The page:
Figure 2. Wet corn mill (original source, used under Creative Commons license from Jim Hammer.)
While dent corn can be grown locally, the industrial scale and energy requirements of wet corn milling seem to put local corn syrup out of reach. There was a corn wet mill in Montezuma, New York, just up Cayuga Lake, but it closed in 1986.[7, page 73] Like sugar, corn syrup can be easily transported and stored.
If you count the extremely toxic "Sugar of Lead" (lead acetate), artificial sweeteners have been around for thousands of years, though the modern history usually begins with saccharin in 1879. While it is likely possible to create most of these sweeteners in the laboratory facilities available at Cornell, most of them are produced today in large volume at chemical plants.
As many artificial sweeteners (notably neotame, aspartame, saccharin, and sucralose) are sweeter by volume than sugar, and store reasonably well, they may be easier trade goods than sugar itself. Xylitol, mannitol, and sorbitol, the sweet alcohols, are roughly as sweet as sugar and are useful both to sweeten food for diabetics and potentially as a tooth decay preventative.
Lead acetate deserves special attention as a danger, as it is not difficult to synthesize from lead and has commonly been used as an adulterant in foods and drinks.
Honey is a commonly available sweetener that can be produced in large quantities in the Finger Lakes region. Beekeepers encourage hives to produce more honey than they need to survive the winter, then take the extra honey for human consumption.
Beekeeping is a complex art, though it scales down to the household level more easily than the production of many other sweeteners. Keeping hives alive has become more difficult in recent years with the spread of pests, notably varroa mites, but the infrastructure and learning investments required to become a successful beekeeper are still fairly small.
Until the mid-19th century, beekeepers used hollow logs or straw houses, called skeps, for their bees. While these worked, they didn't allow beekeepers to inspect the hive for disease, and the hive usually had to be destroyed to retrieve the honey. Because of disease issues, skeps are illegal in the US.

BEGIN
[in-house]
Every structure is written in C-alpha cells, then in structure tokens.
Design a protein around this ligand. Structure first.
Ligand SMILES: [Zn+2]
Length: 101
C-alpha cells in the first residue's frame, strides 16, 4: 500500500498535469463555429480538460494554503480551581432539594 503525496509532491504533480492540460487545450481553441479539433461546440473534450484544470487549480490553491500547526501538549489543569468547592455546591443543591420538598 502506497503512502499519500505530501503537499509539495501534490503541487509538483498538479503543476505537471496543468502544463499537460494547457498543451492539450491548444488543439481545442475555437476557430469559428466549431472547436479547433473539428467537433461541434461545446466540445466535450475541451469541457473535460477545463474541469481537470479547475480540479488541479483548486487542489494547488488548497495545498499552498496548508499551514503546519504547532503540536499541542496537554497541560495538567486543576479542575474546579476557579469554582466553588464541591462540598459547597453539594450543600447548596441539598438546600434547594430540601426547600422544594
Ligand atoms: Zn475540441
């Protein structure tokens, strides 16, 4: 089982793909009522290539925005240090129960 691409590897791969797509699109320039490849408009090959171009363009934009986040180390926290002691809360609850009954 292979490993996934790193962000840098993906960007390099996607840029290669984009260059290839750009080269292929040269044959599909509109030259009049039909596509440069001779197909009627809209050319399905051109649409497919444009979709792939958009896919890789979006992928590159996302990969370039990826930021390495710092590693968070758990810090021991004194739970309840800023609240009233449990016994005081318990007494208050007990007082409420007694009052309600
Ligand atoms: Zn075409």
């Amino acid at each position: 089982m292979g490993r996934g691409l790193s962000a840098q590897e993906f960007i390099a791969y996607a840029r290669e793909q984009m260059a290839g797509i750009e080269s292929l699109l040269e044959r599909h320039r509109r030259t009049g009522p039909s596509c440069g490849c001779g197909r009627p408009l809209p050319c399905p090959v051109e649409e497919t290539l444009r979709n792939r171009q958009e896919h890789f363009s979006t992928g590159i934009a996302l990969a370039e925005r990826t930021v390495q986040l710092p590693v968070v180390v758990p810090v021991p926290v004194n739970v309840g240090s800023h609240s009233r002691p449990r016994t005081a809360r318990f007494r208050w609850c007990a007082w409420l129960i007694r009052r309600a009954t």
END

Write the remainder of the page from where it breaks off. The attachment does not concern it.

Most beekeepers use Langstroth hives, rectangular boxes filled with frames in which the bees make their home. So long as beekeepers maintain precise distances between equipment inside of the hive, the bees will avoid gluing everything together. This flexibility makes it simpler for beekeepers to inspect the hive, as well as to add and remove equipment to gather honey. Langstroth equipment does require a fairly substantial investment, and most beekeepers buy sturdy frames filled with wax or plastic foundation printed in a hex pattern. This gives bees a bit of a head start, and reinforcements in that foundation make it much easier to extract honey by spinning the frames mechanically.
Figure 3. Bees on framed comb, honey top right, brood lower left. (Photo Simon St.Laurent.)
It is possible, though slow, to replace frames with bars with a simpler strip of wax on the bottom and have the bees build their comb on that, but the frames will be less regular and more difficult to use with an extractor. Taking that idea further, some beekeepers are using top bar hives. These hives fit into a single box organized horizontally rather than stacked vertically. The bees build their own comb, and beekeepers who want to collect the honey press or cut the comb instead of spinning it. This destroys the comb, requiring the bees to work harder to make new honey, but requires less dedicated equipment.